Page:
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(wrong string) €” A Procedural RDF Programming Language

From: Adrian Walker <adriandwalker@gmail.com>
Date: Wed, 24 Sep 2008 14:43:52 -0400
Message-ID: <1e89d6a40809241143s60dc7fdbq1970c448622dbb38@mail.gmail.com>
To: "Sean B. Palmer" <sean@miscoranda.com>
Cc: public-cwm-talk@w3.org
 Hi Sean -

You wrote...

*In sum, all of the mainstream bob-a-job programming languages are
imperative.
There is lots about RDF that is suited towards declarative programming, but
N3 took it too far.
*
Just to be contrarian, one can take declarativeness over RDF much further
than N3.  For an example you can run using a browser, please see

  www.reengineeringllc.com/demo_agents/RDFQueryLangComparison1.agent

For background (and why this is highly declarative), please see


www.reengineeringllc.com/A_Wiki_for_Business_Rules_in_Open_Vocabulary_Executable_English.pdf

Apologies if you have seen this before, and thanks for comments.

                                                    -- Adrian

Internet Business Logic
A Wiki and SOA Endpoint for Executable Open Vocabulary English over SQL and
RDF
Online at www.reengineeringllc.com    Shared use is free

Adrian Walker
Reengineering




On Wed, Sep 24, 2008 at 11:03 AM, Sean B. Palmer <sean@miscoranda.com>wrote:

> On Wed, Sep 24, 2008 at 3:13 PM, Sandro Hawke <sandro@w3.org> wrote:
>
> > Could you explain that point?
>
> Yep, sure, though this'll probably be a bit of a ramble. In sum, all
> of the mainstream bob-a-job programming languages are imperative.
> There is lots about RDF that is suited towards declarative
> programming, but N3 took it too far.
>
> I haven't done any great survey about this  la my old N3 QNames
> survey, but experience tells me that RDF APIs tend to be developed in
> imperative languages because that's how people get things done.
>
> It's difficult to tell between trendiness and a good idea. Heck,
> sometimes even trendiness qu trendiness is a good idea.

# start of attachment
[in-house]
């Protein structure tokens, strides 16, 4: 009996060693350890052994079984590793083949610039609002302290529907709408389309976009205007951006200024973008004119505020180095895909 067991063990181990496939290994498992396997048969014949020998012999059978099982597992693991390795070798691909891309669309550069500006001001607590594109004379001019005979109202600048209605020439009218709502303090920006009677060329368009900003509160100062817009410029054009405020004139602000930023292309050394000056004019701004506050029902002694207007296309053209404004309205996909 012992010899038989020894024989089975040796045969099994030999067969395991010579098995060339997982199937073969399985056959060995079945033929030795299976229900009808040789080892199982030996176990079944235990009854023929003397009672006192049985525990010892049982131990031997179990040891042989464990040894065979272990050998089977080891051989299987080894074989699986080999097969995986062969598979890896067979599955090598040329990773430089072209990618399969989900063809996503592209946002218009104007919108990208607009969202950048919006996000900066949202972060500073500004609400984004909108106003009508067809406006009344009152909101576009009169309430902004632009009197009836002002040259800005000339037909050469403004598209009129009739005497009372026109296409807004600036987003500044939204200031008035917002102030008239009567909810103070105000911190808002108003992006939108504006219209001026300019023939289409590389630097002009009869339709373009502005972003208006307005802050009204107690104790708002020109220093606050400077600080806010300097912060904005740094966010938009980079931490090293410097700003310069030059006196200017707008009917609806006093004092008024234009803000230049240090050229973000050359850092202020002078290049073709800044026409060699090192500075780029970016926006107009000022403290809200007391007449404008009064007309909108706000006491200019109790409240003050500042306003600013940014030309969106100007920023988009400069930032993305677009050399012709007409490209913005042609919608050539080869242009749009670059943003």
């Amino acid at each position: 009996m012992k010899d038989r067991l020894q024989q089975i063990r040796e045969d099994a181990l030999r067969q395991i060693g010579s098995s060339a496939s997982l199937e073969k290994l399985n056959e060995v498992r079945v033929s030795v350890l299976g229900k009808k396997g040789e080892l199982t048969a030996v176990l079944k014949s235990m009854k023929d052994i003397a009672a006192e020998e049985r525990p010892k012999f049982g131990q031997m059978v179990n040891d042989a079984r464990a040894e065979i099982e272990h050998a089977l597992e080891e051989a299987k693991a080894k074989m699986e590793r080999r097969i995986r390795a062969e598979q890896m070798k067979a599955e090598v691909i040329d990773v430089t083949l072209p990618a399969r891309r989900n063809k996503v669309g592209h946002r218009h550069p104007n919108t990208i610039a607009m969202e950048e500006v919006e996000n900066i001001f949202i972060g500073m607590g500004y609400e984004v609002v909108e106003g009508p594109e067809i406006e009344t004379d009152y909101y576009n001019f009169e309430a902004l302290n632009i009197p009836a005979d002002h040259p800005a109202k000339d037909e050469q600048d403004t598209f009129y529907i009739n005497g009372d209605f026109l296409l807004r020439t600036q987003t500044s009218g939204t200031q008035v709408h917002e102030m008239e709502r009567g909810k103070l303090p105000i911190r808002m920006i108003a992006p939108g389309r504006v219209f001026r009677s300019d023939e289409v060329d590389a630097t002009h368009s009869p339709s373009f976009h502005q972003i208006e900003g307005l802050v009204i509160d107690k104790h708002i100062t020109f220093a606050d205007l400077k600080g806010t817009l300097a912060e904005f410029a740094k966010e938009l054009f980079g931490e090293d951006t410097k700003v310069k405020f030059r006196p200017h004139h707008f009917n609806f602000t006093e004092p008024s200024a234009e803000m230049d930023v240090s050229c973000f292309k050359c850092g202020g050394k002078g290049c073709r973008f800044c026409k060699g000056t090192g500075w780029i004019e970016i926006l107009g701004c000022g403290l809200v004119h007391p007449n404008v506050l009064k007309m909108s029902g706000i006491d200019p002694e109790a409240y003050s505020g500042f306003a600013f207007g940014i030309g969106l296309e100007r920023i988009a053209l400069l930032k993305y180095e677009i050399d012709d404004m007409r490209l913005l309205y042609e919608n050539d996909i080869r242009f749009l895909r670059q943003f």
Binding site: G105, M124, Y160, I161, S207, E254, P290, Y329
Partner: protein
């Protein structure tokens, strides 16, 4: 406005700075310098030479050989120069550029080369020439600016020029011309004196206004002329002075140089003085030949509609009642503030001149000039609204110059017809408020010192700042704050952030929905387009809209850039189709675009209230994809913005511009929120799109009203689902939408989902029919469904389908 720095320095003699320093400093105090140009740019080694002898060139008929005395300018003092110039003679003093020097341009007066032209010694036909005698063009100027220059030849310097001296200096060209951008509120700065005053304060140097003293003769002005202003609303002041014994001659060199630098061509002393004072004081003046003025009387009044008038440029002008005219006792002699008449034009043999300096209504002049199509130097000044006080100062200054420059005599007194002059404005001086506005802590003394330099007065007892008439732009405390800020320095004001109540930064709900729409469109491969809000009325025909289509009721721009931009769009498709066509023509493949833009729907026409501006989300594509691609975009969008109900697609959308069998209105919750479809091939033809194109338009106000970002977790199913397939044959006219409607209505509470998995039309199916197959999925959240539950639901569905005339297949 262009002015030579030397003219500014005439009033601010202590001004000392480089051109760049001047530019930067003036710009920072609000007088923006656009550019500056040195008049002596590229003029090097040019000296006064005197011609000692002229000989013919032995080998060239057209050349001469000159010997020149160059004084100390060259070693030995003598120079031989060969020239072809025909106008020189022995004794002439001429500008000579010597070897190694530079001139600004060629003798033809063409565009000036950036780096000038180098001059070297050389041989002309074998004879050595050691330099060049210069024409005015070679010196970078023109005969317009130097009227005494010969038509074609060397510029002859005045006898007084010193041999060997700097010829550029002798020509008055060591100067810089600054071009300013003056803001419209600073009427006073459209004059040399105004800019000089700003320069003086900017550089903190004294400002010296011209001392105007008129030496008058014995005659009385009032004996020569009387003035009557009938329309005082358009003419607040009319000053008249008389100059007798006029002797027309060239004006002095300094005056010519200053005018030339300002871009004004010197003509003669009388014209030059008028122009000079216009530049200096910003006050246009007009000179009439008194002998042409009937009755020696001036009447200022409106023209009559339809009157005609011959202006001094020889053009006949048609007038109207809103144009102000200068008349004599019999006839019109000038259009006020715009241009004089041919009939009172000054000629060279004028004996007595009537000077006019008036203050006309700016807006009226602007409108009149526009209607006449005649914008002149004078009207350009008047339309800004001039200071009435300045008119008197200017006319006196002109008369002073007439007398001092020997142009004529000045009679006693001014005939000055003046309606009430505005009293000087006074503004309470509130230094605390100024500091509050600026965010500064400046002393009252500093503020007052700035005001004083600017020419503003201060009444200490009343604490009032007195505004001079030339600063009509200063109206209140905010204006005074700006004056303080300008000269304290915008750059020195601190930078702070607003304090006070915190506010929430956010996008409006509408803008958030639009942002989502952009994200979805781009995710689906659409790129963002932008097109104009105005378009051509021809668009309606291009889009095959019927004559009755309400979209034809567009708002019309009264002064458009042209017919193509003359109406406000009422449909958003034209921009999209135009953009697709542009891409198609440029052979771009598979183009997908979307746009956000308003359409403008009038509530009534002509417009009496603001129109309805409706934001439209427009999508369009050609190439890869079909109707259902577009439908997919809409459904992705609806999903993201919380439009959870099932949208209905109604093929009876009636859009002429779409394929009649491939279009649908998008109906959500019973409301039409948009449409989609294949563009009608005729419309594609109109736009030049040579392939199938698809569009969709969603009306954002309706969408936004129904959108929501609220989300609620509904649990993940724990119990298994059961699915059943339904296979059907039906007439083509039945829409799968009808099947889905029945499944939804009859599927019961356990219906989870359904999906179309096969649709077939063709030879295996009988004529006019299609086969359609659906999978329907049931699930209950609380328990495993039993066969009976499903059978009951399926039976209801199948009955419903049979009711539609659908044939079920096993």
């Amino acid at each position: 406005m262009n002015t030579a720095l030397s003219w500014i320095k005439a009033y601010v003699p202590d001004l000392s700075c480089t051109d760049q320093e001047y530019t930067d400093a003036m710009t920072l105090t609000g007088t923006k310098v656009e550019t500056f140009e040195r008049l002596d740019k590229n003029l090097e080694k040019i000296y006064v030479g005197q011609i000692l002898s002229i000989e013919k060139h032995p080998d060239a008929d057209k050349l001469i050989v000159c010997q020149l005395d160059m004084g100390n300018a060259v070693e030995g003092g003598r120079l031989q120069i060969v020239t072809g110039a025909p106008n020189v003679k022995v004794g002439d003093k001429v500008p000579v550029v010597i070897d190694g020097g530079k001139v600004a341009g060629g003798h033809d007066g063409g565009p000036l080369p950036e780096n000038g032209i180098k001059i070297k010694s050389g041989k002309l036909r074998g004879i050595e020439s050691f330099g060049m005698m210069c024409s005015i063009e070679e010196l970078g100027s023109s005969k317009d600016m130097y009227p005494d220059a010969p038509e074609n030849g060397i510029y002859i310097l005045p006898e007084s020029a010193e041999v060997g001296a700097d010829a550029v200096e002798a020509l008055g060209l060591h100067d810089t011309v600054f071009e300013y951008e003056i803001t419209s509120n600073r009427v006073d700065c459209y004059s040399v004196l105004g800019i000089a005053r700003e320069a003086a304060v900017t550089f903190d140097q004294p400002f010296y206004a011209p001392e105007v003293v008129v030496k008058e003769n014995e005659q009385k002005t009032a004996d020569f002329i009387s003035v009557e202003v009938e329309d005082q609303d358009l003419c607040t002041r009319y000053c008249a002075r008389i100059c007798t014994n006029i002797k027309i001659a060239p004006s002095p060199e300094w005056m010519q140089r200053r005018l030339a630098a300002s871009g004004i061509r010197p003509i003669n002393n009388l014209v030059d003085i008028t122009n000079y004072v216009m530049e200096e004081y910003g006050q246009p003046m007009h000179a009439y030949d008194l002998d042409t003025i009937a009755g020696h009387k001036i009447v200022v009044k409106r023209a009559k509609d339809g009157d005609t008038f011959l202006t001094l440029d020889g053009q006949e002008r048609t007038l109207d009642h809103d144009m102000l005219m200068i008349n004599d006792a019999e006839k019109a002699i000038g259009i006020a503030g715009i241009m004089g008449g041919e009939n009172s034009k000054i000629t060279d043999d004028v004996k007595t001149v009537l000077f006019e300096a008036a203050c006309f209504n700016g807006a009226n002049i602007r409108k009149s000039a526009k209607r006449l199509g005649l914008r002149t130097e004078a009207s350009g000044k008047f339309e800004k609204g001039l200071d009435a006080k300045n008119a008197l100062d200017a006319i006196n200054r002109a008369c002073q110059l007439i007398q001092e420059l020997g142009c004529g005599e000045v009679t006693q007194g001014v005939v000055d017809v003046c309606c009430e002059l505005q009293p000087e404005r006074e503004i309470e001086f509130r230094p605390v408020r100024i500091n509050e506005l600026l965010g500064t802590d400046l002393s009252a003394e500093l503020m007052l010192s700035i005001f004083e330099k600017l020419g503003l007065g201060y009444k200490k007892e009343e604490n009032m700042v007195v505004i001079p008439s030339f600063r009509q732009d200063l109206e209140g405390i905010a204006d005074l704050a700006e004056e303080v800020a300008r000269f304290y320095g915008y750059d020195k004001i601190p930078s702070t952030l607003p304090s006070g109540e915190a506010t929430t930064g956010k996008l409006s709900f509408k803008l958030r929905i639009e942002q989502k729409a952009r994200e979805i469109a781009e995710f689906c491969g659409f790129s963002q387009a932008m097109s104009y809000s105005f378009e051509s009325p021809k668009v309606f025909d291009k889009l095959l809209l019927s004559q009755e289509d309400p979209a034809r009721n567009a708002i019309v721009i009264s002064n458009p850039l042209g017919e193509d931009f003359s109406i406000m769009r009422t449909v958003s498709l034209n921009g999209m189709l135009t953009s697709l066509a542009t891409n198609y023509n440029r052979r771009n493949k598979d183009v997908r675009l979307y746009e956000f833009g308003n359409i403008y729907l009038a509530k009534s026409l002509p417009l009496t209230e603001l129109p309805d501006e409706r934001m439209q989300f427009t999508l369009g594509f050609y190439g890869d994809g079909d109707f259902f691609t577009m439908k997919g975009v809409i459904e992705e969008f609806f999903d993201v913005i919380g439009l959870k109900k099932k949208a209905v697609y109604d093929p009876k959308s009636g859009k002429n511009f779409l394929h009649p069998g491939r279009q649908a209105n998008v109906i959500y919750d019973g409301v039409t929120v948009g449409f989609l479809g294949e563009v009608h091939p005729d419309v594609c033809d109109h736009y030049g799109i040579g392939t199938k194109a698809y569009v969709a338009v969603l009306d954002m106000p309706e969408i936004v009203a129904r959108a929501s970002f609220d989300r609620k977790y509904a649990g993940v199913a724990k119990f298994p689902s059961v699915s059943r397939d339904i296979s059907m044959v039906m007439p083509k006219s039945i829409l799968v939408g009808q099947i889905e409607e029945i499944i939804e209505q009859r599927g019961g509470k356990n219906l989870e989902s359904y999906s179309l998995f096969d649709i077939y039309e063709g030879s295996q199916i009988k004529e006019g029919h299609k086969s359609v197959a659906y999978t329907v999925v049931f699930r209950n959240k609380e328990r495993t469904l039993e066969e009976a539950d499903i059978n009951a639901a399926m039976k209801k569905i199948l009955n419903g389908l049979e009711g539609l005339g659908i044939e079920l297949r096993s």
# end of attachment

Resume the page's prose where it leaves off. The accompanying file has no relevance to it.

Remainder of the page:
>
> Paul Graham says somewhere that languages like Java are an
> evolutionary dead end. Then again, he also says that the evolutionary
> victor will be lisp.
>
> The "novel" strangeness might not be novel from a universal
> perspective, and I didn't mean to imply that in my email if I did, but
> from a personal perspective it was something that nagged at me all the
> time. So I tried it out. Trying things out is what science is founded
> on, and computer science is no different.
>
> I've been working with N3 for years. I love N3; I love it dearly. But
> it's mad. So I tried plan3 and that was mad too, but in a different
> way. Then I tried Trio and Arcs, and that was mad too but in a
> *completely* different way.
>
> How can you tell that N3 is good (whatever that means) if you don't
> try other things?
>
> At the end of the day, for high-level architectural decisions people
> say things bourne out of long experience, and if Paul Graham goes and
> says something like "Java is a dead end, lisp is the future!", then
> it's an interesting point, and you might not agree, but the truth of a
> statement like that isn't the primary thing about it. It makes you
> think.
>
> Plan3 made me think; think *practically*. The declarative way of doing
> things in N3 really gets on my nerves, so hybridising the two really
> made sense. If the Semantic Web is successful on its putated terms,
> like if Tabulator and such things become a part of our daily lives as
> timbl once said, my bet is that N3 will be an evolutionary dead end,
> and that language like plan3 or Niklas's Ardele will be more suitable.
>
> But after all, cum grano salis, because plan3 and Ardele (from what I
> can tell from its syntax example; Niklas hasn't fully specified the
> design online yet) seem to aim for a 50:50 declarative-imperative
> split. Perhaps the sweetspot would be elsewhere, like 30:70.
>
> Note that it doesn't really concern me too much; it's outside of the
> realm of my personal interests at the moment. I just gave it as an
> example of what might be the primary value of me releasing this. I was
> thinking some people might say "what is the point of this?",
> otherwise. I think it's a good question to ask.
>
> (Sometimes the benefits of systems can be far off. Prime number
> research was just pure maths, pure intellectual fun, until we realised
> we could use it as the foundation of public key cryptography.)
>
> Hope that helps,
>
> --
> Sean B. Palmer, http://inamidst.com/sbp/
>
Received on Wednesday, 24 September 2008 18:44:34 UTC

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